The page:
THE closure of Interfin and Genesis Investment Bank in the last couple of weeks makes for grim reading. The collapse of the two private indigenous banks due to recurring liquidity challenges raises serious questions regarding the fragility of the Zimbabwean banking sector and the role played (or not played) by the central bank in a near systemic banking crisis in slow motion since 2004.
The identical problems faced by indigenous banks before and after the regulatory changes introduced in 2005 suggest inadequacies in the current regulatory regime, weaknesses in supervision and surveillance and chronic regulatory forbearance. It seems rather difficult to justify how, after almost ten years, Interfin or Genesis would collapse in circumstances not dissimilar to Roger Boka’s United Merchant Bank, Trust Bank, Royal Bank or RMB a year ago.
With an average of one bank crisis every year since 2003, this is a crisis that has gone on for too long turning banks into a form of ‘legalised theft’.
A preliminary RBZ report on Interfin indicates poor corporate governance practices, abuse of depositors’ funds, loans to subsidiaries within the group and a high concentration of loans to connected insiders reportedly valued at US$60 million. Current valuations suggest that the bank has a negative capital of approximately $106 million and is possibly heading for liquidation.
About a year ago, ReNaissance Merchant Bank (RMB) was also placed under curatorship under similar circumstances. Allegations against the bank ranged from abuse of depositors’ funds, insider loans and fraudulent transactions symptomatic of poor corporate governance practices. According to a central bank’s report, RMB was the biggest ‘pillaging scandal yet within the banking sector in which the bank owners working in cahoots with a pliant management, looted the bank to a shell’.
The reasons for the collapse of all indigenous banks (Trust, Royal, Intermarket, Barbican, Time Bank, Century, RMB, Genesis and Interfin) are similar. In almost all cases, reports suggest abuse of depositors’ funds, tunneling, poor corporate governance practices and a high concentration of non-performing loans to connected parties.
The bank suffers a liquidity crisis, it is placed under curatorship or closed, the RBZ will swoop in for preliminary investigations and allegations of impropriety are made against the bank’s directors. Often the allegations don’t amount to any real punishment or arrests – hardly a deterrent for would be perpetrators.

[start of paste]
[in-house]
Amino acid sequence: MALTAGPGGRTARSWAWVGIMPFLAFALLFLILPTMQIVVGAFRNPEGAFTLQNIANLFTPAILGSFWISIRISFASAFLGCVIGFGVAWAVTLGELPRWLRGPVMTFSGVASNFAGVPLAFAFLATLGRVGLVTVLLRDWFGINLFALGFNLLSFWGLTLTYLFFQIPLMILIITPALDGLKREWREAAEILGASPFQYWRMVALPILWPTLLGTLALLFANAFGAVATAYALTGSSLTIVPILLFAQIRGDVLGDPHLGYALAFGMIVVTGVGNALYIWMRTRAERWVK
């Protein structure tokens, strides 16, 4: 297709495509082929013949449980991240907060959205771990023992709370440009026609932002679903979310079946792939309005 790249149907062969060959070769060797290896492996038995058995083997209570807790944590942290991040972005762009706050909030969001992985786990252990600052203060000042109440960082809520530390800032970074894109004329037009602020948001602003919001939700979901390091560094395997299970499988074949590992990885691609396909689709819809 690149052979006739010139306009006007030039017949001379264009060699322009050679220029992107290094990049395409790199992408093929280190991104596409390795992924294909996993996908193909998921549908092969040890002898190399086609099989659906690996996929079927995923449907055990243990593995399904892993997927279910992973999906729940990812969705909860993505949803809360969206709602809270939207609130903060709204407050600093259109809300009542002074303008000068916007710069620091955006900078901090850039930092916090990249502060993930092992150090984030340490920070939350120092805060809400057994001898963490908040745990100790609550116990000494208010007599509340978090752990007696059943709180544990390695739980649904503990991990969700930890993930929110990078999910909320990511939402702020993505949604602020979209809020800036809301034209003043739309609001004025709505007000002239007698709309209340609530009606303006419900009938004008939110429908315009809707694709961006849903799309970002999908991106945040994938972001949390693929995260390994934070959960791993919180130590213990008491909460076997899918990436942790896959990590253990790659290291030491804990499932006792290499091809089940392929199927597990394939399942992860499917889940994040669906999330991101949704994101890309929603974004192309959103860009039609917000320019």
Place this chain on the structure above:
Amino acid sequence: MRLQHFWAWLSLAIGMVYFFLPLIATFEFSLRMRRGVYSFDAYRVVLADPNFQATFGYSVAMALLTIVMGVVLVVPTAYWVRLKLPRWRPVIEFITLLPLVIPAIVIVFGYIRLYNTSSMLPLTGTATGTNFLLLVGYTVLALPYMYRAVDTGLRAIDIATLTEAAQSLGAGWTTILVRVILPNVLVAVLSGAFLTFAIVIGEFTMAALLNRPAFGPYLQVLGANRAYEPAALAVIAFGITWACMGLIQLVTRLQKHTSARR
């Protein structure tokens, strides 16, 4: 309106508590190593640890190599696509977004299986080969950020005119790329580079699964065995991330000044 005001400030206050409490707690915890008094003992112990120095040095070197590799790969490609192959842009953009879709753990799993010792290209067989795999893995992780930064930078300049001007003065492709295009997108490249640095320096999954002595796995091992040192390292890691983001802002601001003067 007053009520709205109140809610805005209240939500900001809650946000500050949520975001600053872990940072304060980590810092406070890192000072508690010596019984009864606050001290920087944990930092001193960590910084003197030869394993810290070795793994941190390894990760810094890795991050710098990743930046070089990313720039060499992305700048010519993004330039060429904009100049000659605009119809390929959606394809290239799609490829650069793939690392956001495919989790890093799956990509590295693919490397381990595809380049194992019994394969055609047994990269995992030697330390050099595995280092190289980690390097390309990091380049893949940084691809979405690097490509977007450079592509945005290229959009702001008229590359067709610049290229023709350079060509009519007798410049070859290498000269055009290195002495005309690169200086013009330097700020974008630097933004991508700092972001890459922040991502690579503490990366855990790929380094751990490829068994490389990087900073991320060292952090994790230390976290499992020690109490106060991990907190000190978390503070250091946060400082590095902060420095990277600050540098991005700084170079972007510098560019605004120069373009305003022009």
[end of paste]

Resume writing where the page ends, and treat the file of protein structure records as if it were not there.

A serious concern is the prejudice suffered by thousands of depositors who have to wait years to recover crumbs from their deposits without protection from the regulators or the deposit protection board. It is thus unsurprising that confidence in private indigenous banks is at an all time low.
The regulatory approach has been predictably reactionary, insipid and at worst – a case of ‘wilful blindness’. Questions need to be asked whether the current regulatory framework is ‘fit for purpose’ and whether the central bank is adequately resourced to supervise and detect rather than react to fragility.
The perpetual weaknesses within the private indigenous banks highlight a number of issues. First, the root cause of the 2003 banking sector crisis was regulatory forbearance and a weak and lax enforcement of the rules. Sadly, there is no evidence which suggests that the current regulatory environment has addressed these regulatory weaknesses.
Second, the major problem with the Zimbabwean banking crisis has been insider ownership concentration which has resulted in corporate governance weaknesses in private indigenous banks such as insider lending, abuse of depositors’ funds and speculative activities. In almost all cases, Zimbabwean indigenous banks suffer from a high concentration of connected insider owners in which the founders of the banks have absolute control.
Third, the idea that an increase in the capital adequacy requirements of banks to $12,5 million will create healthy banks and solve the problem may be minimalistic. Without addressing the latent issues regarding effective regulatory enforcement and supervision an increase in capital requirements on its own will be insufficient.
In their current format, the regulatory mechanisms introduced by the central bank to curtail ownership concentration and stem corporate governance weaknesses have proved inadequate to address the weaknesses in the sector. The regulations are porous and are unable to tackle the pervasive agency problems at the core of the banking crisis.
Addressing weaknesses in the sector will require an overhaul of the regulatory framework.
Dr Lance Mambondiani is an Investment Executive at Coronation Financial and teaches Financial Markets & Corporate Governance at the University of Manchester. He can be contacted on email@example.com
The view expressed in this articles are personal and do not necessarily reflect the position of Coronation Financial